1. 1. AN INTRODUCTION TO GENERALIZED LINEAR MIXED MODELS S. D. KACHMAN Abstract. Linear mixed models provide a powerful means of predicting breeding values. However, for many traits of economic importance the assumptions of linear responses, constant variance, and normality are questionable. Generalized linear mixed models provide a means of modeling these deviations from the usual linear mixed model. This paper will examine what constitutes a generalized linear mixed model, issues involved in constructing a generalized linear mixed model, and the modiﬁcations necessary to convert a linear mixed model program into a generalized linear mixed model program. 1. Introduction Generalized linear mixed models (GLMM) [1, 2, 3, 6] have attracted considerable attention over the years. With the advent of SAS’s GLIMMIX macro [5] generalized linear mixed models have become available to a larger audience. However, in a typical breeding evaluation generic packages are too ineﬃcient and implementations in FORTRAN or C are needed. In addition, GLMM’s pose additional challenges with some solutions heading for ±∞. The objective of this paper is to provide an introduction to generalized linear mixed models. In section 2, I will discuss some of the deﬁciencies of a linear model. In section 3, I will present the generalized linear mixed model. In section 4, I will present the estimation equations for the ﬁxed and random eﬀects. In section 5, I will present a set of estimating equations for the variance components. In section 6, I will discuss some of the computational issues involved when these approaches are used in practice. 2. Mixed models In this section I will discuss the linear mixed model and when the assumptions it makes are not appropriate. A linear mixed model is y|u ∼ N(Xβ + Zu, R) where u ∼ N(0, G), X and Z are known design matrices, and the covariance matrices R and G may depend on a set of unknown variance components. The linear mixed model assumes that the responses can be modeled as a linear function, the variance is not a function of the mean response, and that the random eﬀects follow a normal distribution. Any or all these assumptions may be violated for certain traits. A case where the assumption of linear responses is questionable is pregnancy rate. Pregnancy is a zero/one trait, that is at a given point an animal is either pregnant (1) or is not pregnant (0). A change in the management system which is expected to increase pregnancy rate by .1 in a herd with a current pregnancy rate of .5 would be expected to have a smaller eﬀect in a herd with a current pregnancy rate of .8. That is a treatment, an environmental factor, or a sire would be expected to have a larger eﬀect when the pregnancy rate is .5 than when the pregnancy rate is .8. Another case where the assumption of linear responses is questionable is growth. Cattle, pigs, sheep, and mice have similar growth curves over time. That is after a period of rapid growth they reach maturity and the growth rate is considerably slower. That is the eﬀect of time on growth is 1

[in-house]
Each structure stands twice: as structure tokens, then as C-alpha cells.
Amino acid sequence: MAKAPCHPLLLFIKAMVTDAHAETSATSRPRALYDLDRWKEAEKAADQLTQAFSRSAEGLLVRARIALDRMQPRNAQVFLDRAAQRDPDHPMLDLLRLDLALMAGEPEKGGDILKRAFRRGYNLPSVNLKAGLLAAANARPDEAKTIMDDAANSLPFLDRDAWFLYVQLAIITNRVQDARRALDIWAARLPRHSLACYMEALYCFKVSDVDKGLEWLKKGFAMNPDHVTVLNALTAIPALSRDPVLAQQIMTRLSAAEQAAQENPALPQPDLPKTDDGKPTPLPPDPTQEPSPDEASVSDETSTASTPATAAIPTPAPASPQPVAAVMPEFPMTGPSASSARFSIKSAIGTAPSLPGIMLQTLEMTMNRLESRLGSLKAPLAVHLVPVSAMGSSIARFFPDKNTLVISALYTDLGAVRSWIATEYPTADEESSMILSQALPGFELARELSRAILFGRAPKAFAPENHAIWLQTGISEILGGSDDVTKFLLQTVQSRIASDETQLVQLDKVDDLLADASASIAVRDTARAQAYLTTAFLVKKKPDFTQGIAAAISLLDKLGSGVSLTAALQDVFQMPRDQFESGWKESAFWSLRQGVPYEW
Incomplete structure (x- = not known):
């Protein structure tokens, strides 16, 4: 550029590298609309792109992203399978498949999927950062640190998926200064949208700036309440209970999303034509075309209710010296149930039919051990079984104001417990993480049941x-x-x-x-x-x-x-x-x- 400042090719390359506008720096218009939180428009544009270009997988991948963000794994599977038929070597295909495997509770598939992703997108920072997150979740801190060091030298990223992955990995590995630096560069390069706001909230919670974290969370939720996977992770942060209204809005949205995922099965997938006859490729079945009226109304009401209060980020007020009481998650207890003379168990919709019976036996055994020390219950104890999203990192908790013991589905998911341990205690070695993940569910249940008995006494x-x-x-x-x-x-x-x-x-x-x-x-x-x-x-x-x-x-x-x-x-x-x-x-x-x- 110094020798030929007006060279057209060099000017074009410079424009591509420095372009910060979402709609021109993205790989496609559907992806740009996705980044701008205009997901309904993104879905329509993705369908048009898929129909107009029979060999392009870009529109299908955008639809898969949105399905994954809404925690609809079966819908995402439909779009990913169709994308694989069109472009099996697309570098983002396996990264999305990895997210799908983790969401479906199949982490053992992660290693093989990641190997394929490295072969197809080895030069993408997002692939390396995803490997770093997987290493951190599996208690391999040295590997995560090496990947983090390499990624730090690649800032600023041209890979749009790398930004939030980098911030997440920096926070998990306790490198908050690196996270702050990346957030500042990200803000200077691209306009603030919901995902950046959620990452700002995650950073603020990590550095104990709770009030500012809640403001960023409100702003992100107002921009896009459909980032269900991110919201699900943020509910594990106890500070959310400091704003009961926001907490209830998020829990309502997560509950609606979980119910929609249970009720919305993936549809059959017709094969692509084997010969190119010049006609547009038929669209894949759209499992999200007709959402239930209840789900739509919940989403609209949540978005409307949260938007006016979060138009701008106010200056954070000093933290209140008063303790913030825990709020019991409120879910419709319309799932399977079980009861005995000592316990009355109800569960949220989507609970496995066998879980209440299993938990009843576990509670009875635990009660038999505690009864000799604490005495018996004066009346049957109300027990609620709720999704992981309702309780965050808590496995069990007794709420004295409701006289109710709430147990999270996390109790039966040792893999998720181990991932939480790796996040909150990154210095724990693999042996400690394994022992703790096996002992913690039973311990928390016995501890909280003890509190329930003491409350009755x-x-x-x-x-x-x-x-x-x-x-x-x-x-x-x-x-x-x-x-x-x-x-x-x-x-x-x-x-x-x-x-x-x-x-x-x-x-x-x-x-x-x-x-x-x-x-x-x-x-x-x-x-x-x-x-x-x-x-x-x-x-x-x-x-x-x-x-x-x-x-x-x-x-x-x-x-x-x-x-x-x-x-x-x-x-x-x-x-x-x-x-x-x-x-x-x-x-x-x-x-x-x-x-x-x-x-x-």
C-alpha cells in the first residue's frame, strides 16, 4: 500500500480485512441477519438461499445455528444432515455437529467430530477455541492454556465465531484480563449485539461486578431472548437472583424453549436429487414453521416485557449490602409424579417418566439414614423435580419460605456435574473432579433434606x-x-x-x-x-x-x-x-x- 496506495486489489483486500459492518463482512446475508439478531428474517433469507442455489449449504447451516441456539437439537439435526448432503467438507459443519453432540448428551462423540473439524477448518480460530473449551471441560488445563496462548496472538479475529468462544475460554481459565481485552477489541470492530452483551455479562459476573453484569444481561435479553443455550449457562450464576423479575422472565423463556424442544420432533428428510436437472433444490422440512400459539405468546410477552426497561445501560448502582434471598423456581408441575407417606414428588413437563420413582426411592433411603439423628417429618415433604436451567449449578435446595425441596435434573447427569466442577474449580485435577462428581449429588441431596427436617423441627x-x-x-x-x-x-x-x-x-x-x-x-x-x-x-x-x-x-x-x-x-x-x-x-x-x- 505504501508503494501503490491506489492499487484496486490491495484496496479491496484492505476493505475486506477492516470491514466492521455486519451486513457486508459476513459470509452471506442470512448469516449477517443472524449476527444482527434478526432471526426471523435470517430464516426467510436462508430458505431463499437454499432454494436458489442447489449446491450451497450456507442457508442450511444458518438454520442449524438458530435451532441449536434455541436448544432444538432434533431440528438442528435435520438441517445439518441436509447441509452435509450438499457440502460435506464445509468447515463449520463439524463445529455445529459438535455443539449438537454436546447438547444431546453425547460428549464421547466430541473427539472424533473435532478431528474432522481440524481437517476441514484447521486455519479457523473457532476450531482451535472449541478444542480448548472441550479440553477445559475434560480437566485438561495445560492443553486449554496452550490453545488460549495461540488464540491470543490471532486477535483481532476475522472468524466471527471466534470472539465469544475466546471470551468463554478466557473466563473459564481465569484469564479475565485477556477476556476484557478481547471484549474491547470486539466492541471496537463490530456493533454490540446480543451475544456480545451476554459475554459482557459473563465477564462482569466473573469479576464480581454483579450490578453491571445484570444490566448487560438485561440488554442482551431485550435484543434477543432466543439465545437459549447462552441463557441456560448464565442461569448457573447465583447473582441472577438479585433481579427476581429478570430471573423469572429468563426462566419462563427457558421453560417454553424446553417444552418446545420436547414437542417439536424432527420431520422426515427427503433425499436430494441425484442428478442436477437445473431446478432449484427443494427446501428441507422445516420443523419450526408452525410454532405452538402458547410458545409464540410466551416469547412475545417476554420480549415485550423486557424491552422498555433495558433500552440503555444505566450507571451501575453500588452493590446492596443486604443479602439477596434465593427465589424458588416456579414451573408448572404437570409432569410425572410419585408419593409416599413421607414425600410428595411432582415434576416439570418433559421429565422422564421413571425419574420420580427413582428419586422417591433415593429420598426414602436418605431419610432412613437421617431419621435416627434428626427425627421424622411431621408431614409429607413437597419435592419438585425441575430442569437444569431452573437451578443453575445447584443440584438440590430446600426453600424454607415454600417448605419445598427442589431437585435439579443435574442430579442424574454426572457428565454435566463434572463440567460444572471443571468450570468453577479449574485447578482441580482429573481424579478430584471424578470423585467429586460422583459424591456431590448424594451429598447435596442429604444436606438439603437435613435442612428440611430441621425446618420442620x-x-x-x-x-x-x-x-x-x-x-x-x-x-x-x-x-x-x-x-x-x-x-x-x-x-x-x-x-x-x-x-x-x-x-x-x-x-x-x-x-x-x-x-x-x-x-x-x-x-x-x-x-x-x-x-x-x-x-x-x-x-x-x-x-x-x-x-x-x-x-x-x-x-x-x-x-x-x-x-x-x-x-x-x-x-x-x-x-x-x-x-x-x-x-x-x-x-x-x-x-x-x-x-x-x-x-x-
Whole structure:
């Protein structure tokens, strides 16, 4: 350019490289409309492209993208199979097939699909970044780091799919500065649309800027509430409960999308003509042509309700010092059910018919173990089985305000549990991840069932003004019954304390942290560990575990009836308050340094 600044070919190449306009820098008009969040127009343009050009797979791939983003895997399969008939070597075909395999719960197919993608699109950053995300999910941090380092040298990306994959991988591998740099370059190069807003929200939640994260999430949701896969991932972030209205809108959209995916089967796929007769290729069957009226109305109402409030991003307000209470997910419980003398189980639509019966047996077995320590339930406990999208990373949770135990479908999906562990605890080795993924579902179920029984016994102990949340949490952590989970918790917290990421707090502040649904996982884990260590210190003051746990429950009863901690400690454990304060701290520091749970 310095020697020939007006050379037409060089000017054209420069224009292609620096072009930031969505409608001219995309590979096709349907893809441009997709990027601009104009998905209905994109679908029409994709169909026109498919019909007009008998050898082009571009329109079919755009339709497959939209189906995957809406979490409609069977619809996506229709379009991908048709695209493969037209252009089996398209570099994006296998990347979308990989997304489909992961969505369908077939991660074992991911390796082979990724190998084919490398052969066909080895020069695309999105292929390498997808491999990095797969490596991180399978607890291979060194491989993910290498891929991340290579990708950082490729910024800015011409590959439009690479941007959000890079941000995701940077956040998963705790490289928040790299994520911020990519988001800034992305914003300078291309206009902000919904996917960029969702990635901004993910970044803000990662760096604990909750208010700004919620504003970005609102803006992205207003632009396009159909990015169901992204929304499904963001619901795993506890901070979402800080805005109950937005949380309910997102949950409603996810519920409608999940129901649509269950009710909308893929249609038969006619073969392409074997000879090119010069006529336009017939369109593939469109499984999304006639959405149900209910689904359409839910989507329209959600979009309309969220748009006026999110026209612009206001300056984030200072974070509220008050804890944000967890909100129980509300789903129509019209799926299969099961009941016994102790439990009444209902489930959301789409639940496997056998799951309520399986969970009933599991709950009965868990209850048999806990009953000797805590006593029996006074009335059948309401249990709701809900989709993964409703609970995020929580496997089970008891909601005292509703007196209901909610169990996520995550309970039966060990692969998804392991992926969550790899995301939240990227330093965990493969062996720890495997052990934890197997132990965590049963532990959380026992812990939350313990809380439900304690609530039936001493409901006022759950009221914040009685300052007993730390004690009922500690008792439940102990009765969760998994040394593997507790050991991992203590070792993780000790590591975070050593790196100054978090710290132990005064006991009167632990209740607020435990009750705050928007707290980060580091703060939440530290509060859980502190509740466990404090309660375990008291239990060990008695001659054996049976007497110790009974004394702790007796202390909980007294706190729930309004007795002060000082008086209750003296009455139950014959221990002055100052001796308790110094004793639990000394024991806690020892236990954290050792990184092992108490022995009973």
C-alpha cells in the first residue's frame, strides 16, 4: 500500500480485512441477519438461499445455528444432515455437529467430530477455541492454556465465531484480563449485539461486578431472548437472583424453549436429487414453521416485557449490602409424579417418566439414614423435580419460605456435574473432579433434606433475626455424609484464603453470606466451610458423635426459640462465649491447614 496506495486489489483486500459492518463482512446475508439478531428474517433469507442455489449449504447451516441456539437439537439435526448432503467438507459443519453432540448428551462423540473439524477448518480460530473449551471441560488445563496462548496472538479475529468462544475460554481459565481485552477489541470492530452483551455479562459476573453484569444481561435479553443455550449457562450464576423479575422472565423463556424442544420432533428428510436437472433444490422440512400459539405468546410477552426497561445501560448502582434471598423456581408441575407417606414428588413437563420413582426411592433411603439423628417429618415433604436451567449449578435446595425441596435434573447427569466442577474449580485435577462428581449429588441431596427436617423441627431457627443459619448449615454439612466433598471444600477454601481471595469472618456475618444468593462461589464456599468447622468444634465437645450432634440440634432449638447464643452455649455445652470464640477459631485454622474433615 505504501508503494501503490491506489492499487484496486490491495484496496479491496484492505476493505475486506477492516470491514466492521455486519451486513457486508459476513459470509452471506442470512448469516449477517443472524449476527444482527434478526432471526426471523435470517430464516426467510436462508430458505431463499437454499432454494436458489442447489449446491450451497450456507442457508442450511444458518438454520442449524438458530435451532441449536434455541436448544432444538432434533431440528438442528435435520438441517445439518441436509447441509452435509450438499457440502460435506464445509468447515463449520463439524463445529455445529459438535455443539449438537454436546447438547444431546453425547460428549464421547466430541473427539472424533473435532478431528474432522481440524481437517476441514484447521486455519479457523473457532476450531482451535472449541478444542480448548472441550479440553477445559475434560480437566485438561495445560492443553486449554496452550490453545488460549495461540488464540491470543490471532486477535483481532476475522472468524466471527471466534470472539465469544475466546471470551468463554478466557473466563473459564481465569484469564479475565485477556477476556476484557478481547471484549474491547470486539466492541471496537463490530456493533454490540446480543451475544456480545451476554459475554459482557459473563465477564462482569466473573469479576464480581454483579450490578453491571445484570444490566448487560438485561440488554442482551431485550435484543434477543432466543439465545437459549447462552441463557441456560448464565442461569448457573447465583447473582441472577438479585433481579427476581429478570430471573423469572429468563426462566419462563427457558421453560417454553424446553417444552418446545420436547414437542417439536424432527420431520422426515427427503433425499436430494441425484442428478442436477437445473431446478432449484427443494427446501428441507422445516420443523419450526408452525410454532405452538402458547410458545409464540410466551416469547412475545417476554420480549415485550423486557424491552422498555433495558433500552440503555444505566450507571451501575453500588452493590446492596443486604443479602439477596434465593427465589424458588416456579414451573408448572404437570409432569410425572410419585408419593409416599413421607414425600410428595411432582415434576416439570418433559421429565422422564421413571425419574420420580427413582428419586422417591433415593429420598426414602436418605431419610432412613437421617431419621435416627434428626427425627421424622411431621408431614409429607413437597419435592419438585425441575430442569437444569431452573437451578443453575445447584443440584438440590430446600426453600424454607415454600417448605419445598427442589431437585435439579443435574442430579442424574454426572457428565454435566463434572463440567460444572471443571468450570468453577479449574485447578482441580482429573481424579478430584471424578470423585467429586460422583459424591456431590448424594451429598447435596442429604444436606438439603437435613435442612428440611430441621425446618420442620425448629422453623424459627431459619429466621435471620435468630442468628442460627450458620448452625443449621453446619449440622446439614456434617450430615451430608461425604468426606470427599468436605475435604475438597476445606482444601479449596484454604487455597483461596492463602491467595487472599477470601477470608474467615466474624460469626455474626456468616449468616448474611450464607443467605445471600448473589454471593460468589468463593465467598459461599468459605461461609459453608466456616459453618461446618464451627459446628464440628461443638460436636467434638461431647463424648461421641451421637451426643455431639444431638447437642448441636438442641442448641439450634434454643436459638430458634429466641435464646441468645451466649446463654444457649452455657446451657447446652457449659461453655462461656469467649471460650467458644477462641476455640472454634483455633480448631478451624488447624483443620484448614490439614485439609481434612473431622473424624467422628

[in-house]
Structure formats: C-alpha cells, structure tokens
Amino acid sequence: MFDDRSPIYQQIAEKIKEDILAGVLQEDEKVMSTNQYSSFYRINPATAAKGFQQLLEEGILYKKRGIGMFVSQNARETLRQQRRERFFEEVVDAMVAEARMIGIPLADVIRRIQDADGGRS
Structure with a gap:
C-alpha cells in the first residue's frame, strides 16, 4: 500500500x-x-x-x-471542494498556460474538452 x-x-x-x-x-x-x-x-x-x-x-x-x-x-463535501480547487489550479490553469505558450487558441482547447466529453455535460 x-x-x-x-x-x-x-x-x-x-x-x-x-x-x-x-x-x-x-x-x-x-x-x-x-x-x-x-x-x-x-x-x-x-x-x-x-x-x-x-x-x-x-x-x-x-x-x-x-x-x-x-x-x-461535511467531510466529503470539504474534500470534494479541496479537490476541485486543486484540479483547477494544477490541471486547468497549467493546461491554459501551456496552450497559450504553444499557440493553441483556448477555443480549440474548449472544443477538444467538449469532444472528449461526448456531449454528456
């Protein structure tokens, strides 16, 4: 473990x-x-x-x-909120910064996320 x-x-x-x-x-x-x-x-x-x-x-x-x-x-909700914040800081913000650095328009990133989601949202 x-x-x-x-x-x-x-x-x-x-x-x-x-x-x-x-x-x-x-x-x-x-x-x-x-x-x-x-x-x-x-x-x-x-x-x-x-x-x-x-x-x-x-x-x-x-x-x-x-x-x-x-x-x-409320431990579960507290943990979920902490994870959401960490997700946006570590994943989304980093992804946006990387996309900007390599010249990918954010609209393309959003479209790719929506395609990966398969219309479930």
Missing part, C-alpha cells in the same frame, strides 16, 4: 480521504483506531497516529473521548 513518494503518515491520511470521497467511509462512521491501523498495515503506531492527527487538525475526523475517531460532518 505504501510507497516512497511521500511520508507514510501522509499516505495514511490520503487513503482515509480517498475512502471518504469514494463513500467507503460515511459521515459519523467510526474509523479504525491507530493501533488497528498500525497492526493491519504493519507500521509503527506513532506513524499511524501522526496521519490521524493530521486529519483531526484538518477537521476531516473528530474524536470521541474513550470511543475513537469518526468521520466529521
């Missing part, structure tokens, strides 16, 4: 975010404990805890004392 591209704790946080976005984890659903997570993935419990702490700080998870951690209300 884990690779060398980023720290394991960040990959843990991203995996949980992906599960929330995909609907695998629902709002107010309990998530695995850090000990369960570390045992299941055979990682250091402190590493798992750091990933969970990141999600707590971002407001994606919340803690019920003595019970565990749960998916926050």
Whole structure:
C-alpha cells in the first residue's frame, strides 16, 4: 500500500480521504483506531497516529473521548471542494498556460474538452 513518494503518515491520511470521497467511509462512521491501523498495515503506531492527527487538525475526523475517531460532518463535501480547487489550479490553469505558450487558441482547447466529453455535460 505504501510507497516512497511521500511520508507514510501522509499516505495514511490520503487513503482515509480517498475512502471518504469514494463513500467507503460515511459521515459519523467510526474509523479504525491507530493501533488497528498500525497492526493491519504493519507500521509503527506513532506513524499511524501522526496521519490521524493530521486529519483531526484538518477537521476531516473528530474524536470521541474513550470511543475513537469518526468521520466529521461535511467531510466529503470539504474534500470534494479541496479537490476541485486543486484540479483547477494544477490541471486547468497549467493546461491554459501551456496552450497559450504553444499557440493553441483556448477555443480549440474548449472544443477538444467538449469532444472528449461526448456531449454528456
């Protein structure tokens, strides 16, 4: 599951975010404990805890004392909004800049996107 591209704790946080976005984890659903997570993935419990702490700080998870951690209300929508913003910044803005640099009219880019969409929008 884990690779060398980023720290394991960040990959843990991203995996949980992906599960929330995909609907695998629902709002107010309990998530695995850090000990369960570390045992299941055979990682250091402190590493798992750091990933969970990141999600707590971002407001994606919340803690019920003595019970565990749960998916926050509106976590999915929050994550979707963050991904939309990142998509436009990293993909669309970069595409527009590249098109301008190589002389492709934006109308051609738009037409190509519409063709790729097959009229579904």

2. 2. 2 S. D. KACHMAN not linear, with time having a much larger eﬀect when the animal is young and a very small eﬀect when the animal is mature. The assumption of constant variance is also questionable for pregnancy. When the predicted pregnancy rate µ for a cow is .5 the variance is µ(1 − µ) = .25. If on the other hand the predicted pregnancy rate for a cow is .8 the variance drops to .16. For some production traits the variance increases as mean level of production increases. The assumption of normality is also questionable for pregnancy. It is hard to justify the assump- tion that the density function of a random variable which only takes on two values is close to a continuous bell shaped curve from −∞ to +∞. A number of approaches have been taken to address the deﬁciencies of a linear mixed model. Transformations have been used to stabilize the variance, obtain a linear response, and normalize the distribution. However the transformation needed to stabilize the variance may not be the same transformation needed to obtain a linear response. For example a log transformation to stabilize the variance has the side eﬀect that the model on the original scale is multiplicative. Linear and multiplicative adjustments are used to adjust to a common base and to account for heterogeneous variances. Multiple trait analysis can be used to account for heterogeneity of responses in diﬀer- ent environments. Separate variances can be estimated for diﬀerent environmental groups where the environments groups are based on the observed production. A ﬁnal option is to ignore the deﬁciencies of the linear mixed model and proceed as if a linear model does hold. The above options have the appeal that they are relatively simple and cheap to implement. Given the robustness of the estimation procedures, they can be expected to produce reasonable results. However, these options sidestep the issue that the linear mixed model is incorrect. Speciﬁcally we have a set of estimation procedures which are based on a linear mixed model and manipulate the data to make it ﬁt a linear mixed model. It seems more reasonable to start with an appropriate model for the data and use a estimation procedure derived from that model. A generalized linear mixed model is a model which gives us the extra ﬂexibility in developing an appropriate model for the data. 3. A Generalized Linear Mixed Model In this section I will present a formulation of the generalized linear mixed model. It diﬀers from presentations such as [1] in that it focuses more on the inverse link function instead of the link function to model the relationship between the linear predictor and the conditional mean. It also includes the nonlinear mixed models of [4]. Figure 1 provides a symbolic representation of a generalized linear mixed model. As in a linear mixed model, a generalized linear mixed model includes ﬁxed eﬀects β, random eﬀects u ∼ N(0, G), design matrices X and Z, and a vector of observations y whose conditional distribution given the random eﬀects has mean µ and covariance R. In addition, a generalized linear mixed model includes a linear predictor η, and a link and/or inverse link function. In addition, the conditional mean µ depends on the linear predictor through an inverse link function h(·) and the covariance matrix R depends on the µ through a variance function. 3.1. Linear Predictor η. As in a linear mixed model the ﬁxed and random are combined to form a linear predictor η = Xβ + Zu. In a linear mixed model the vector of observations y is obtained by adding a residual term e ∼ N(0, R) as follows y = η + e = Xβ + Zu + e. Equivalently, the residual variability can be modeled as y|u ∼ N(η, R).